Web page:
Leicester

Leicester Hospitals Trust sorry over dying woman's care

Sally Abbott-Sienkiewicz
Image caption Sally Abbott-Sienkiewicz was "completely failed" by the trust

Leicester's Hospitals NHS Trust has apologised to the family of a terminally ill woman who was not given enough pain relief while in its care.

Sally Abbott-Sienkiewicz's case is one of 16 highlighted in a report by the Patients Association into the care of elderly people in NHS hospitals.

Mrs Abbott-Sienkiewicz, who had cancer, was admitted to Glenfield Hospital in November 2010 with double pneumonia.

The trust said it had "clearly failed" Mrs Abbott-Sienkiewicz and apologised.

'Lacking in compassion'

Samantha White, Mrs Abbott-Sienkiewicz's daughter, said the family had been left with "lasting images of horror and fear of a loved one" after staff at Glenfield Hospital failed to react quickly enough to make her mother's final few days comfortable and calm.

"On both nights, the duty nursing staff seemed incapable, inadequate and lacking in compassion and empathy.

"The staff should have been concerned enough to maintain a reasonable level of dignity for mum as a dying patient. Instead she was left suffering and distressed unnecessarily," said Ms White.

Suzanne Hinchcliffe, chief nurse at Leicester's Hospitals, said: "It is clear that we completely failed Mrs Abbott-Sienkiewicz and her family and for that we remain very sorry.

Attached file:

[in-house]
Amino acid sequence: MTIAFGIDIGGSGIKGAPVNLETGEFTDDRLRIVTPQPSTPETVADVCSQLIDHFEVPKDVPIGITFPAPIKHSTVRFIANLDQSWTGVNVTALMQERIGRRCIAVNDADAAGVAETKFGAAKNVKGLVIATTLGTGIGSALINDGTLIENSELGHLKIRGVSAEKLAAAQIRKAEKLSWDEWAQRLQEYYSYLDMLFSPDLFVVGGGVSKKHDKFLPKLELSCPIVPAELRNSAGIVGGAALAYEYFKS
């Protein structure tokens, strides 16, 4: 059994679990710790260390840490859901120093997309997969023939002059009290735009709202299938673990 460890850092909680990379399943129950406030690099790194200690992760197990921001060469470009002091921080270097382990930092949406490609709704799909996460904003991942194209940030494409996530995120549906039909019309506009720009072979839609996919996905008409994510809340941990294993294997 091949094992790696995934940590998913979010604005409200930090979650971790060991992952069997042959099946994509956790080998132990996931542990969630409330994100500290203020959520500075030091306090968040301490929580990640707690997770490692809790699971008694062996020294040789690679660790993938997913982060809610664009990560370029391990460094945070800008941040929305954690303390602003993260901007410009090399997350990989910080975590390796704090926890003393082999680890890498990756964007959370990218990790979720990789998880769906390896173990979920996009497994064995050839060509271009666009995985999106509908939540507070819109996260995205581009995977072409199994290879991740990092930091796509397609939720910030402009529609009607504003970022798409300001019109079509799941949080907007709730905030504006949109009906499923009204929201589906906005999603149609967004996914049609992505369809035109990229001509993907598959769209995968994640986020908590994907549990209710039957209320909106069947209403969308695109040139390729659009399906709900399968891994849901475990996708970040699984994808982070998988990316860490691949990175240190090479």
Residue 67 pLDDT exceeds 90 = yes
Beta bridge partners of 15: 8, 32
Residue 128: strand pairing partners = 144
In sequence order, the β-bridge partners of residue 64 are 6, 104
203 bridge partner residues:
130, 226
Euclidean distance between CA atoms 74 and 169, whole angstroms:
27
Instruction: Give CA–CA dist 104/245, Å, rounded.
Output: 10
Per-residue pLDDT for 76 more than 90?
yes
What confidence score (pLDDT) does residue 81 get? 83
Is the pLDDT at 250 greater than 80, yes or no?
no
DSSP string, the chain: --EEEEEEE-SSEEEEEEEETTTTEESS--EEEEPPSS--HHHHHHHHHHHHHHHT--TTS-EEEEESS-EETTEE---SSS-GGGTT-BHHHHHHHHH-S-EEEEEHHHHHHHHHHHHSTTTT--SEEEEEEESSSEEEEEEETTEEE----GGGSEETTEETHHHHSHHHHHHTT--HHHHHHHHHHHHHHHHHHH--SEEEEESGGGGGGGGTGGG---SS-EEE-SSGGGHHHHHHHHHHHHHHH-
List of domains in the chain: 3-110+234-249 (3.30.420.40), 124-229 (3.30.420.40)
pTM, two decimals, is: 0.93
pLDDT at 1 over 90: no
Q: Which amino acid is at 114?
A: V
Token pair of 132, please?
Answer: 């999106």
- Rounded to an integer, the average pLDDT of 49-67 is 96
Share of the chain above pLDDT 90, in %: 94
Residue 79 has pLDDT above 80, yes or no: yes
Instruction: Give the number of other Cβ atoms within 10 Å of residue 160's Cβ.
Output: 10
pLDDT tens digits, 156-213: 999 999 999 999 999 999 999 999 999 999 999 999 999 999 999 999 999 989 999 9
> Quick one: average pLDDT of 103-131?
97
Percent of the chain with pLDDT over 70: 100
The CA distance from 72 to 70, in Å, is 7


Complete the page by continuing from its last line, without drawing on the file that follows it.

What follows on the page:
"Since talking with the family, we have taken action on the concerns they raised... including better communication between staff and relatives... and additional training for our staff in caring for patients at the end of their life."

'Human rights issues'

The Patients Association has also revealed that the number of calls to its national helpline regarding care on hospital wards had already hit 961 this year - a third more than the total made throughout the whole of 2010.

The association said the failings fell into four broad categories - communication, assistance going to the toilet, pain relief and nutrition.

Katherine Murphy, the charity's chief executive, said: "We cannot ignore the fact that some trusts are not even paying lip service to the fundamentals of care.

"The issues we continue to highlight are human rights issues. They show a lack of compassion and care and a shameful attitude to treatment of the elderly."

A spokesman for the Department of Health said: "The Patients Association is right to raise these examples and issues, and we will work with them and with the NHS to sort these problems out."

More on this story

Related Internet links

The BBC is not responsible for the content of external Internet sites